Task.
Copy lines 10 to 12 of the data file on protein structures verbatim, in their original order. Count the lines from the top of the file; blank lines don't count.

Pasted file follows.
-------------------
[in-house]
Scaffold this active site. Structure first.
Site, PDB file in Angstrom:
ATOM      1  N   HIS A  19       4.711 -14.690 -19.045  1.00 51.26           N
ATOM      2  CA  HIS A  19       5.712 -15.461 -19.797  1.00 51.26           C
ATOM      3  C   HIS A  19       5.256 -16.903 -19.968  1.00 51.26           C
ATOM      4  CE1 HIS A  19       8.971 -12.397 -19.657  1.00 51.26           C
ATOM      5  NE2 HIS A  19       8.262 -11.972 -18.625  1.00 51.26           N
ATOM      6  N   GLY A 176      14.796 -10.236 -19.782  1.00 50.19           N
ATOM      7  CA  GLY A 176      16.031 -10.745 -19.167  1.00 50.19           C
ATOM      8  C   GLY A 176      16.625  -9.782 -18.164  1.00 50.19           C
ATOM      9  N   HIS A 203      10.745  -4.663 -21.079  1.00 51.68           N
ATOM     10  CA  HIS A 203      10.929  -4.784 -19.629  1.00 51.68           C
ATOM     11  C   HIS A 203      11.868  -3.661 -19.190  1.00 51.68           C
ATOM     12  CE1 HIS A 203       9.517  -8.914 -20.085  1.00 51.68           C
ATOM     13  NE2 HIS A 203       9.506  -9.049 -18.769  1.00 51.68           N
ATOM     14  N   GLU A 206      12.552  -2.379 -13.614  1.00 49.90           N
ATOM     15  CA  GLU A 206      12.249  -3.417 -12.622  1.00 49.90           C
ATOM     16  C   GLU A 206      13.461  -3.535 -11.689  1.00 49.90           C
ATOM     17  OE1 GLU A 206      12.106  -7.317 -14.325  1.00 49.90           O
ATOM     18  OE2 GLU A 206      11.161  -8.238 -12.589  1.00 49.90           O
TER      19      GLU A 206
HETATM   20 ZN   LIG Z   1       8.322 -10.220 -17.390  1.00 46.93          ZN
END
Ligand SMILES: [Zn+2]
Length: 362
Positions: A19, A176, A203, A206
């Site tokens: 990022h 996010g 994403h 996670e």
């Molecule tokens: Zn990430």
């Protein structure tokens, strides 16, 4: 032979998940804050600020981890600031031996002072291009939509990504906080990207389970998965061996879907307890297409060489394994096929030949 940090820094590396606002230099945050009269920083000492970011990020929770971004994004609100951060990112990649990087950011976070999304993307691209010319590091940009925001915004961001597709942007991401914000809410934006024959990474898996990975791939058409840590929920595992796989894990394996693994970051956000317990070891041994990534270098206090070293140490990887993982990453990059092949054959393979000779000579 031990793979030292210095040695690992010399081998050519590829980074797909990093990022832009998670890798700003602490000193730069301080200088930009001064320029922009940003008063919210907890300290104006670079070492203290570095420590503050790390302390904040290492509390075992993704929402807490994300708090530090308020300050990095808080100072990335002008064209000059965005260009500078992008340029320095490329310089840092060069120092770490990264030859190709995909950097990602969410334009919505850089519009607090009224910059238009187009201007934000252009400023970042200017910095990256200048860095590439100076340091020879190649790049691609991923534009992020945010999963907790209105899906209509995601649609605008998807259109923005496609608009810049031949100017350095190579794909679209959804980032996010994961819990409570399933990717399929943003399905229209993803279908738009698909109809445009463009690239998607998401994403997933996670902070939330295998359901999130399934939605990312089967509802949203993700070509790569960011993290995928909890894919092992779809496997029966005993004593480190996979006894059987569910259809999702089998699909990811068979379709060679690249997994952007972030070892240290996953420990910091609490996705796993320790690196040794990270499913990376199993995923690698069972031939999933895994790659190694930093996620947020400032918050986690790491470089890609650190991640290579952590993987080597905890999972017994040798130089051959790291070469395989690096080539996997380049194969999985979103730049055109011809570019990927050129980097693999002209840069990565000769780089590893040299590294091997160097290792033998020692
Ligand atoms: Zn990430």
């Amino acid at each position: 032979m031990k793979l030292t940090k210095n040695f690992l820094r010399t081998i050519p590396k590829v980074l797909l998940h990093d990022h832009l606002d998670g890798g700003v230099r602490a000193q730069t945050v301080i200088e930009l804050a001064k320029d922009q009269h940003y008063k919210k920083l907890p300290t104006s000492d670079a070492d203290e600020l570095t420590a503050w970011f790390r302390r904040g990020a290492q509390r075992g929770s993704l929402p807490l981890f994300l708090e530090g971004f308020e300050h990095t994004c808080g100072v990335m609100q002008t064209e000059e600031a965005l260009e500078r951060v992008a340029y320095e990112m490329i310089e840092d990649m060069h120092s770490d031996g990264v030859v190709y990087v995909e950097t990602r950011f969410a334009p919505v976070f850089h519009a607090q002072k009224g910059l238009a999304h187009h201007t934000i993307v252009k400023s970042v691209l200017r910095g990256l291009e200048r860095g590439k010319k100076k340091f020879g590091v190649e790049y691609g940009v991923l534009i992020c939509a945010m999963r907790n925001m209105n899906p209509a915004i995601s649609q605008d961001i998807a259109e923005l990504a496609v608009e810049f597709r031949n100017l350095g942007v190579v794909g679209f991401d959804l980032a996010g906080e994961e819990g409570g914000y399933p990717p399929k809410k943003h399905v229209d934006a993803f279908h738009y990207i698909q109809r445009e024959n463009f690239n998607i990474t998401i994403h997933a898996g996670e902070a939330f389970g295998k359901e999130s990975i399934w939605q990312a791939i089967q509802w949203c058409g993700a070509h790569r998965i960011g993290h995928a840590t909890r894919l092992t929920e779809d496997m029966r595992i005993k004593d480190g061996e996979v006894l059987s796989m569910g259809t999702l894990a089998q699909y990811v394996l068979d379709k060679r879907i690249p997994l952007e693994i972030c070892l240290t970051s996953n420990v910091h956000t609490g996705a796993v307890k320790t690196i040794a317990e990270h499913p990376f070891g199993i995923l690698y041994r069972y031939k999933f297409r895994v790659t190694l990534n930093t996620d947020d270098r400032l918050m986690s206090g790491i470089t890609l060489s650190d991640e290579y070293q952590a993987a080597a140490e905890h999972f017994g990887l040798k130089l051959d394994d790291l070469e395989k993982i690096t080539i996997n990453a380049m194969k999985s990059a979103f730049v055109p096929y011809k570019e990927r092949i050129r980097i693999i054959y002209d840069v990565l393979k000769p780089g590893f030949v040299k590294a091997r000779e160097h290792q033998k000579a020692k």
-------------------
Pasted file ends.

ATOM      7  CA  GLY A 176      16.031 -10.745 -19.167  1.00 50.19           C
ATOM      8  C   GLY A 176      16.625  -9.782 -18.164  1.00 50.19           C
ATOM      9  N   HIS A 203      10.745  -4.663 -21.079  1.00 51.68           N